Local Film Scares Up Soundtrack & DVD Release

Thursday February 26th, 2015

Posted at 1:00pm


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Horror-lovers can now own a piece of local history and turn their home into a Scarehouse.

On Tuesday, February 17, The Scarehouse’s scope grew even larger. Released on DVD nation-wide, pre-orders for the locally-produced film’s soundtrack also began ahead of its March 3rd iTunes release.

Despite pirating after its Video On Demand (VOD) and digital launch, signs are still promising.

“We’ve been blessed with many people emailing or writing us on Facebook expressing that they enjoyed the film,” said co-writer/director Gavin Michael Booth. “That is a good feeling. I DO have numbers that we were in the top ten torrented movies the first week of release and for better or worse, you can now find the film in many subtitled languages on more pirating sites than I’ve ever known to exist.”

Remaining positive, he does admit illegal sharing can hurt the film. With independent movies, money is mostly made through home sales due to limited theatre screenings. As a result, The Scarehouse’s profitability relies more heavily on VOD, digital and DVD sales.

It can also have an impact on what the film-maker, cast and crew get paid.

“It is a strange time we live in for media,” said Booth. “”You want everyone to buy your hard work but at the same time, the glass is half full because people are watching your film. Hopefully if they like it they will find it on DVD or Blu-Ray or tell other movie fans about it. Think about it for a moment – our little film shot downtown Windsor is being watched in Pakistan, Russia, Vietnam, Portugal, the UK. All over the place people are writing and saying they’ve seen the film. Now I know that is from torrenting and other pirate sites but hey… the whole world is checking out a piece of filmmaking make by a lot of local Windsorites. That can’t count for nothing.”

Positivity hasn’t been exclusive to the internet either. Having toured the film at different festivals, fans everywhere have been supportive. The Scarehouse even won for Best Feature at the New York City Horror Film festival.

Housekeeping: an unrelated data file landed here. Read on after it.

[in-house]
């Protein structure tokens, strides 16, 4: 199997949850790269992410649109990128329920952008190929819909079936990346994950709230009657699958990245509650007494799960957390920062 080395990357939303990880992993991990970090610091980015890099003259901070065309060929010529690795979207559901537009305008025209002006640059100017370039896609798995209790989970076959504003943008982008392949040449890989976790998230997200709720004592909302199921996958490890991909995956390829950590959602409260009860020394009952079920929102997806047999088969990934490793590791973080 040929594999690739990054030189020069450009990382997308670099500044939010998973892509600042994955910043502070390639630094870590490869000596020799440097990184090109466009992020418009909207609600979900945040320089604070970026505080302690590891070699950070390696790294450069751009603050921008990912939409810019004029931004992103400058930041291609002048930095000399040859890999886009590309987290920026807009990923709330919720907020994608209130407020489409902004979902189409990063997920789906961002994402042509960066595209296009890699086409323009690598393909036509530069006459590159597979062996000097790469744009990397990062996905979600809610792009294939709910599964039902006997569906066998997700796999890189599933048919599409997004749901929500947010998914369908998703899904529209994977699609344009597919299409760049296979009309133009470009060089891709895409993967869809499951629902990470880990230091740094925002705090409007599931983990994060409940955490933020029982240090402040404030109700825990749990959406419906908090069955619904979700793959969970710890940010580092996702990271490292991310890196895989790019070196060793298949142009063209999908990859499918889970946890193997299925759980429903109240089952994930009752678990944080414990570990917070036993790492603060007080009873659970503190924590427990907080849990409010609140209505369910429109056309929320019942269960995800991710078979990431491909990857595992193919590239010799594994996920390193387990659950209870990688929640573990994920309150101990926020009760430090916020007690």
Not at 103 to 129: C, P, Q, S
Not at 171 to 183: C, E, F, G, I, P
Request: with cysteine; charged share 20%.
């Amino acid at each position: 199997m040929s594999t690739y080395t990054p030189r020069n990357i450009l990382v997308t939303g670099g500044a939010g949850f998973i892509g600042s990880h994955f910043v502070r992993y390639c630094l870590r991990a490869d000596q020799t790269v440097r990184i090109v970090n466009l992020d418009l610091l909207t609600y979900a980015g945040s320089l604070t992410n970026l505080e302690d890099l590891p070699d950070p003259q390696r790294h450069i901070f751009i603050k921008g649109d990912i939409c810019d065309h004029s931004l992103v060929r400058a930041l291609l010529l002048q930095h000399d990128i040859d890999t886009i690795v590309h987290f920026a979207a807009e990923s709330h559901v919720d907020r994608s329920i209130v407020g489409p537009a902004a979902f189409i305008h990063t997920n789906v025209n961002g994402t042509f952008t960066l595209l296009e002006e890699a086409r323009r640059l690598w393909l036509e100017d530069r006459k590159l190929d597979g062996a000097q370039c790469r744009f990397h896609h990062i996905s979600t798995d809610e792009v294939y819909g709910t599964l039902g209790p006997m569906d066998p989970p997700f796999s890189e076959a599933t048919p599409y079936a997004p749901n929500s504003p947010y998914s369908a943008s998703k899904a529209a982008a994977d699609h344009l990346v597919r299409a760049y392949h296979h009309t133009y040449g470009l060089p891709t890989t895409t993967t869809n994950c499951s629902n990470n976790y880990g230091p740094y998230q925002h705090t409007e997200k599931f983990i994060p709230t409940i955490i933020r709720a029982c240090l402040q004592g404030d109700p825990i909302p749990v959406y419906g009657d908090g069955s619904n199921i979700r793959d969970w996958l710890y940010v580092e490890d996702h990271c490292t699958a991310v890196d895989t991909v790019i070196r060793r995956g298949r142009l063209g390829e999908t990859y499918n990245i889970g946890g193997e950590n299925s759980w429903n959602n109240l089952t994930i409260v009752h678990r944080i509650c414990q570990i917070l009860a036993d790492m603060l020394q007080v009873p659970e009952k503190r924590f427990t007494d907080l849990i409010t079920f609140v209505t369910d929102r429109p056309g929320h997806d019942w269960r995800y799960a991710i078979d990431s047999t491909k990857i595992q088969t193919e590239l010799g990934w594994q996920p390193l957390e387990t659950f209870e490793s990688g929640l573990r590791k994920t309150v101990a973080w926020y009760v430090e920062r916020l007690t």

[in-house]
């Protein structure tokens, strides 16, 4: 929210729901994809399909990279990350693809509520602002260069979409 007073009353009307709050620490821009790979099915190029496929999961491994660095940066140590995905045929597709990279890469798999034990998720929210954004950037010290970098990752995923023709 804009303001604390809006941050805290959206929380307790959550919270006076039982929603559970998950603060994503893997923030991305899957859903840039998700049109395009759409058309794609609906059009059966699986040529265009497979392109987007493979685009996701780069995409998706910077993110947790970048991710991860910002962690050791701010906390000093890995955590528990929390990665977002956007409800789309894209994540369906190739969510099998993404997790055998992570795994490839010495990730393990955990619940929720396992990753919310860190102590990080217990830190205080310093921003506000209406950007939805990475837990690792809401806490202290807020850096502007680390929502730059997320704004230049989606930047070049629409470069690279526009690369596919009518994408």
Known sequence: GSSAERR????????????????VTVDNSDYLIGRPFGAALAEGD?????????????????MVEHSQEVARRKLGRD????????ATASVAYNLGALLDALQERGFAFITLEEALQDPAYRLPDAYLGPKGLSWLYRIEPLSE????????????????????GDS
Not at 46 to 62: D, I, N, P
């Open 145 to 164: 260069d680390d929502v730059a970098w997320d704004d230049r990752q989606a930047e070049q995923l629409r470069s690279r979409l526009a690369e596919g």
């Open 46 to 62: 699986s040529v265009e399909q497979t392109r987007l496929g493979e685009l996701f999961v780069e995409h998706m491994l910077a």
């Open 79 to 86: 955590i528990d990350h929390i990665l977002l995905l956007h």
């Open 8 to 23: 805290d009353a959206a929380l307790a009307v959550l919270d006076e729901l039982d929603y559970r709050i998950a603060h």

These screenings also helped Booth reconnect with his childhood. After The Scarehouse was shown, he was congratulated by editor of Fangoria magazine, Tony Timpone. Still owning old issues he’d read in his youth, Booth was excited. Since then, the magazine has written a spotlight article on the film. Timpone also sent “a really nice note” to the film’s distributor, said Booth.

Being so well-received, it’s hard imagining the movie playing out any other way. Still, The Scarehouse could’ve been very different if its original plot hadn’t been changed.

“Originally the film was going to be about a fraternity and not a sorority,” said Booth. “It was essentially going to be mostly male actors. However, in early discussions with our distributor regarding possible sequel directions – one suggestion I had was to flip the gender. Everyone almost shouted, ‘No, that’s the FIRST MOVIE!'”

It’s one of many decisions that happened organically along the way. While penning the script, Booth bounced several ideas off his wife and actress/producer Sarah. As she provided some ideas that excited Gavin, he asked her to co-write the film with him.

The end result produced some interesting moments for the two.

“It was less a group of writing sessions and more so an ongoing conversation over a week while doing our regular daily routines,” said Sarah. “We’d be grocery shopping and discussing what sort of corrosive material would eat flesh the fastest or could a corset’s boning withdrawn the tension of the winch. You know, normal everyday married life conversations.”

While not finding one part of the process more rewarding than an other, Sarah acknowledges that focusing strictly on acting provides less stress. Still, she takes more pride when there’s something to do behind the camera.